The news broke on October 10 when head coach Mike Martz announced he was leaving the team indefinitely after being diagnosed with a bacterial infection. A day before that, he coached his last game in a home loss against Seattle. Joe Vitt took over the sidelines for the rest of the season. Though Martz was medically cleared to return, management refused to let him do so and he was fired the day after the final regular season game. Several players said they enjoyed having Martz as their head coach.

As second-year running back Steven Jackson earned the starting position, this year was the final season for future Hall of Famer Marshall Faulk. He retired the following season due to knee injuries.

Big Ten Conference football individual awards

Coaches and media of the Big Ten Conference award the following individual honors at the end of each football season. In addition, the Chicago Tribune awards the Chicago Tribune Silver Football to the most valuable football player of the conference.

List of Los Angeles Rams first-round draft picks

The Los Angeles Rams, a professional American football team based in Los Angeles, joined the National Football League (NFL) as Cleveland Rams in 1937. The Rams began playing in 1936 as a charter member of the second American Football League. Although the NFL granted membership to the same owner, the NFL considers it a separate entity. In 1946, Rams' owner Dan Reeves, fed up with poor attendance at Cleveland Stadium, moved the Rams to Los Angeles, and the team played there from 1946 to 1979. Before his death in 1979, later Rams owner Carroll Rosenbloom planned a move within the Los Angeles metropolitan area to Anaheim, using the venue now known as Angel Stadium, and his widow and successor Georgia Frontiere went through with the move in 1980, with the team still officially representing Los Angeles. The Rams moved to St. Louis in 1995 and renamed the team St. Louis Rams. In January 2016, the Rams and the NFL announced that the team would return to Los Angeles. The team now plays in its original L.A. venue, the Los Angeles Memorial Coliseum, while awaiting the 2020 opening of its new stadium in suburban Inglewood.The Rams first participated in the 1938 NFL Annual Player Selection Meeting, more commonly known as the NFL Draft. The Rams did have a 1937 pick, but it was picked by the NFL for an expansion team and later the Rams were later admitted into the league before the 1937 season. Every year during April, each NFL franchise seeks to add new players to its roster through the NFL Draft. Teams are ranked in inverse order based on the previous season's record, with the worst record picking first, and the second–worst picking second and so on. The two exceptions to this order are made for teams that appeared in the previous Super Bowl; the Super Bowl champion always picks 32nd, and the Super Bowl loser always picks 31st. Teams have the option of trading away their picks to other teams for different picks, players, cash, or a combination thereof. Thus, it is not uncommon for a team's actual draft pick to differ from their assigned draft pick, or for a team to have extra or no draft picks in any round due to these trades.The Rams' first selection as an NFL team was Johnny Drake, a fullback from Purdue in 1937. The Rams have selected the number one overall five times, drafting Corbett Davis in 1938, Billy Cannon in 1960, Terry Baker in 1963, Orlando Pace in 1997, and Sam Bradford in 2010 The Rams have drafted second overall seven times and the third overall two times. Five eventual Hall of Famers were selected by the Rams: Elroy "Crazylegs" Hirsch, Merlin Olsen, Tom Mack, Jack Youngblood, and Eric Dickerson. The team's most recent first round selections are Greg Robinson, an offensive tackle from Auburn, Aaron Donald, a defensive tackle from Pittsburgh, Todd Gurley, a running back from Georgia, and Jared Goff, a quarterback from California.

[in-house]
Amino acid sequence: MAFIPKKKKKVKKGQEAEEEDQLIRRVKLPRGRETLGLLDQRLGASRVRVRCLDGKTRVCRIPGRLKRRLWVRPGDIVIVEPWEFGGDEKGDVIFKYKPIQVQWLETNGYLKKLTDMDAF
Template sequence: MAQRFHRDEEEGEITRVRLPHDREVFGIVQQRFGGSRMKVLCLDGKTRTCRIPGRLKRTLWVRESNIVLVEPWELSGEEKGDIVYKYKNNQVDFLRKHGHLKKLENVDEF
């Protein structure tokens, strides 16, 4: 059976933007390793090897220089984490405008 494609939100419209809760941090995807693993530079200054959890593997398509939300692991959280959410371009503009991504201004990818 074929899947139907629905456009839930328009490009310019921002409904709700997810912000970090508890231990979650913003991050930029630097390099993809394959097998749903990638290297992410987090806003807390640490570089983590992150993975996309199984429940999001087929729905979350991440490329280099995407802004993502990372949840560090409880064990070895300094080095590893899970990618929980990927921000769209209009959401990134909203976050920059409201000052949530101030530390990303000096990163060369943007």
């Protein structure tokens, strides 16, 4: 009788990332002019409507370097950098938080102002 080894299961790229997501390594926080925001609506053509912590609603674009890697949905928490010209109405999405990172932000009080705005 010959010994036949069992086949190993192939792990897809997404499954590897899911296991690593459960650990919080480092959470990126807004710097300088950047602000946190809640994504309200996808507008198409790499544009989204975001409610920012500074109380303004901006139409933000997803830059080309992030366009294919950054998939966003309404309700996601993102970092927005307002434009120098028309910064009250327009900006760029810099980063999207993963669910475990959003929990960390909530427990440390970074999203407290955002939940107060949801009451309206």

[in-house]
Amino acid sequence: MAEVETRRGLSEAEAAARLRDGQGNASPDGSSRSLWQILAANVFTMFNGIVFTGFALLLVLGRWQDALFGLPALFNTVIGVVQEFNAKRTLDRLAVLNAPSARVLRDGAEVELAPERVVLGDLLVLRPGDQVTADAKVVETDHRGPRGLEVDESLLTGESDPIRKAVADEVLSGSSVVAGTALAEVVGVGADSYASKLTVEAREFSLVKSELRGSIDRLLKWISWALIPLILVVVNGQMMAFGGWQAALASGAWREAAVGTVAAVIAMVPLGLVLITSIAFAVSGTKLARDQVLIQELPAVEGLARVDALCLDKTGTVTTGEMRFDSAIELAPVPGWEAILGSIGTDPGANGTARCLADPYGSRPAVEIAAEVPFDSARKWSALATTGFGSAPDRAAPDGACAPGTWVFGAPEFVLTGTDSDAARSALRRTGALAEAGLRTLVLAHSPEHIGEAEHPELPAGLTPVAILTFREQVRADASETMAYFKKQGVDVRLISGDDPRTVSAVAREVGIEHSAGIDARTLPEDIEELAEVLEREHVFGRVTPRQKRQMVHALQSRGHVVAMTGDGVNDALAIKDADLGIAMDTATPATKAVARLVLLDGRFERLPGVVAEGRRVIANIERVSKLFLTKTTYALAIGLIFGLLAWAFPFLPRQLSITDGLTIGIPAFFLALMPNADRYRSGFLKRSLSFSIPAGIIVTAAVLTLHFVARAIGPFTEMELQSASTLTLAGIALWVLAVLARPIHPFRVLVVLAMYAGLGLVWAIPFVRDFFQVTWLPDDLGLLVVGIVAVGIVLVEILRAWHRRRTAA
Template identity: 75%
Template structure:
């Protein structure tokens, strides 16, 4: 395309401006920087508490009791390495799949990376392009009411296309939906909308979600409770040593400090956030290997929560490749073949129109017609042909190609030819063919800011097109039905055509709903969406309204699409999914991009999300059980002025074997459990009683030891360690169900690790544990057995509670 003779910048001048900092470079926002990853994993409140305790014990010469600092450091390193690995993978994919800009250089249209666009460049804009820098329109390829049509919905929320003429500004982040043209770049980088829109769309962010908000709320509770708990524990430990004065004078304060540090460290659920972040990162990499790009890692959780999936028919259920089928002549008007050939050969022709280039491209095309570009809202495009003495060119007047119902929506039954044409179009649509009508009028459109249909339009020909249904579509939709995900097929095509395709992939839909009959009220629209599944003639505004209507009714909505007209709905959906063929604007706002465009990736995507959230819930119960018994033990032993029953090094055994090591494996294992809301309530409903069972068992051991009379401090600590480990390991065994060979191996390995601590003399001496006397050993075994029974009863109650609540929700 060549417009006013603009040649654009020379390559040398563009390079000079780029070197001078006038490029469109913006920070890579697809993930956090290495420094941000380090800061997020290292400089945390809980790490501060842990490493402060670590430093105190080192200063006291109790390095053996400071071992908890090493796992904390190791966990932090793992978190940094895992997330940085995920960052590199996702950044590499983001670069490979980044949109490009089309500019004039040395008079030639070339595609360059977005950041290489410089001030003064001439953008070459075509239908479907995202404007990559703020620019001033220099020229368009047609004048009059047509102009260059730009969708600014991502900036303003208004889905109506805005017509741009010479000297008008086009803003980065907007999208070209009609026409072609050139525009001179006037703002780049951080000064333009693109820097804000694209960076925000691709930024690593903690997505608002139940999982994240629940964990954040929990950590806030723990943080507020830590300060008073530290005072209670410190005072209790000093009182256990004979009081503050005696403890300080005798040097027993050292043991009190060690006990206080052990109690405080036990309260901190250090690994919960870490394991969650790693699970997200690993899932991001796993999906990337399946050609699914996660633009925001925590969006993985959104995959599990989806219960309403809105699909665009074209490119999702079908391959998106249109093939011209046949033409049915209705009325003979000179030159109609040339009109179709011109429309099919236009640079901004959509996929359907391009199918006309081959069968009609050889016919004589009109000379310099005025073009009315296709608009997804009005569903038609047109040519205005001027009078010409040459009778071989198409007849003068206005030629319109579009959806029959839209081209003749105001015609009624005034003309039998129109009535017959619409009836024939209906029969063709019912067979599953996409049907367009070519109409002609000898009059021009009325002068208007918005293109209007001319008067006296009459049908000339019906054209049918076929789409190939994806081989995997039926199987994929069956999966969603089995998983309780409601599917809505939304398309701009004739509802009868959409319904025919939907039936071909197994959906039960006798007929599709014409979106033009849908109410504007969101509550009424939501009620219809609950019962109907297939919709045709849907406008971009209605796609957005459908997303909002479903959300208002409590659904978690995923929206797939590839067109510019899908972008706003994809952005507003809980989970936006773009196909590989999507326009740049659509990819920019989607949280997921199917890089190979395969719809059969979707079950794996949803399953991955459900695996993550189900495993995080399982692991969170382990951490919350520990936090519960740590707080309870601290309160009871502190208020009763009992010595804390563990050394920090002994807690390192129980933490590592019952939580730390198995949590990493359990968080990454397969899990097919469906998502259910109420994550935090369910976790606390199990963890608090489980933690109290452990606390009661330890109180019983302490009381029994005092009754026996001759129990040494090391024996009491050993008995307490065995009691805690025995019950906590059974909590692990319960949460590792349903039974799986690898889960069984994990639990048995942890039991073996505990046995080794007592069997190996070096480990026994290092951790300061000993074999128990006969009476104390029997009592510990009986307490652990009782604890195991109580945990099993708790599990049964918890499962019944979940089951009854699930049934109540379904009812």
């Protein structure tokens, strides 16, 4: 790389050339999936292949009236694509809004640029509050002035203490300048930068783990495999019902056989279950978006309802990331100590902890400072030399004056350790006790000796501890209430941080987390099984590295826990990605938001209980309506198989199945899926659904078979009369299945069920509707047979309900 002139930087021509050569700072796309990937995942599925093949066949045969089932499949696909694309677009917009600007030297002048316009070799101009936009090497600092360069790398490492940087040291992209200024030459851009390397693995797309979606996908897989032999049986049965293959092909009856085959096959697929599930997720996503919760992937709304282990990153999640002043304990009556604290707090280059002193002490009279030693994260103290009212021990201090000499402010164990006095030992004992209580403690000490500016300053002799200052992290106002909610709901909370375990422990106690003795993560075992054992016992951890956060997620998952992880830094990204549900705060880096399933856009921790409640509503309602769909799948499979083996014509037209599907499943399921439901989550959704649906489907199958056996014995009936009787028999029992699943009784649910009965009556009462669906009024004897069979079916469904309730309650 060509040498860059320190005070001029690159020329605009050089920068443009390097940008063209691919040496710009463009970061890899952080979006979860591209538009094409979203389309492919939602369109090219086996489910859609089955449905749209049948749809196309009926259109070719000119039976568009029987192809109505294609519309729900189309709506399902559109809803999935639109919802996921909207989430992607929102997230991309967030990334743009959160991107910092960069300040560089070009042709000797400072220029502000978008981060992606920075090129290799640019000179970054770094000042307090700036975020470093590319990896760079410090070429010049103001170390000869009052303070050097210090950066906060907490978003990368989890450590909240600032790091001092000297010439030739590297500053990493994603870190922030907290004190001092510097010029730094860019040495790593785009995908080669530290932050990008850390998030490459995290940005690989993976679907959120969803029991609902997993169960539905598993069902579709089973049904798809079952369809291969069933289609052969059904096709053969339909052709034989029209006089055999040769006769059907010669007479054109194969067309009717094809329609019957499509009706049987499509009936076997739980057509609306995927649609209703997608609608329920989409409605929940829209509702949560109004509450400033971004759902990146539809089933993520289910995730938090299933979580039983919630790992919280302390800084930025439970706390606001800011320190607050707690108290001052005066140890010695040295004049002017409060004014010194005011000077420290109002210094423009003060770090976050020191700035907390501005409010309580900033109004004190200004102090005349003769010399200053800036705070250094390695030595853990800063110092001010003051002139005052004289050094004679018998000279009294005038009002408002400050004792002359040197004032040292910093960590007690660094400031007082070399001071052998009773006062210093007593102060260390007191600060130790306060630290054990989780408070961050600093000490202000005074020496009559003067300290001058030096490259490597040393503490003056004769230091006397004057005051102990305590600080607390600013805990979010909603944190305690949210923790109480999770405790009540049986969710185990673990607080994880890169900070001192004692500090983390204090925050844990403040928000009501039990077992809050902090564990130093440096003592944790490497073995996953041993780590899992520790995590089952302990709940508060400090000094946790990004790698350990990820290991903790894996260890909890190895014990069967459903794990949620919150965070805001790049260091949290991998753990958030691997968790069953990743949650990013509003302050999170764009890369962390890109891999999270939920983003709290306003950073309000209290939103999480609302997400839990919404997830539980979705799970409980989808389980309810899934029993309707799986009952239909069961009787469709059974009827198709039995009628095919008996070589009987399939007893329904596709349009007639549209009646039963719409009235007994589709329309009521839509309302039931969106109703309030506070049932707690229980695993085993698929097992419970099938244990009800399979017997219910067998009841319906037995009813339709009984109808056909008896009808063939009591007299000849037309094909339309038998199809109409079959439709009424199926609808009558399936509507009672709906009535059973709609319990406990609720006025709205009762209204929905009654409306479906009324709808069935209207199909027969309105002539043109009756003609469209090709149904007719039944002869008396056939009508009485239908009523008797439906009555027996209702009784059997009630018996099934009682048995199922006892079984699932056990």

Lombardi Award

The Lombardi Award is awarded by the Lombardi Foundation annually to the best college football player, regardless of position, based on performance, as well as leadership, character, and resiliency. From 1970 until 2016 the award was presented by Rotary International specifically to a lineman or linebacker. The Lombardi Award program was approved by the Rotary International club in Houston in 1970 shortly after the death of famed National Football League coach Vince Lombardi. The committee outlined the criteria for eligibility for the award, which remained in place until 2016: A player should be a down lineman on either offense or defense or a linebacker who lines up no further than five yards deep from the ball.The voting electorate is made up of the head coaches from all NCAA Division I schools, sports media personnel from across the country, and former winners and finalists of the Lombardi Award. The total number of voters is approximately 500. Ohio State University holds the record for most Lombardi awards with six. Orlando Pace, the only two-time winner (1995 and 1996), is the most recent offensive lineman to be honored.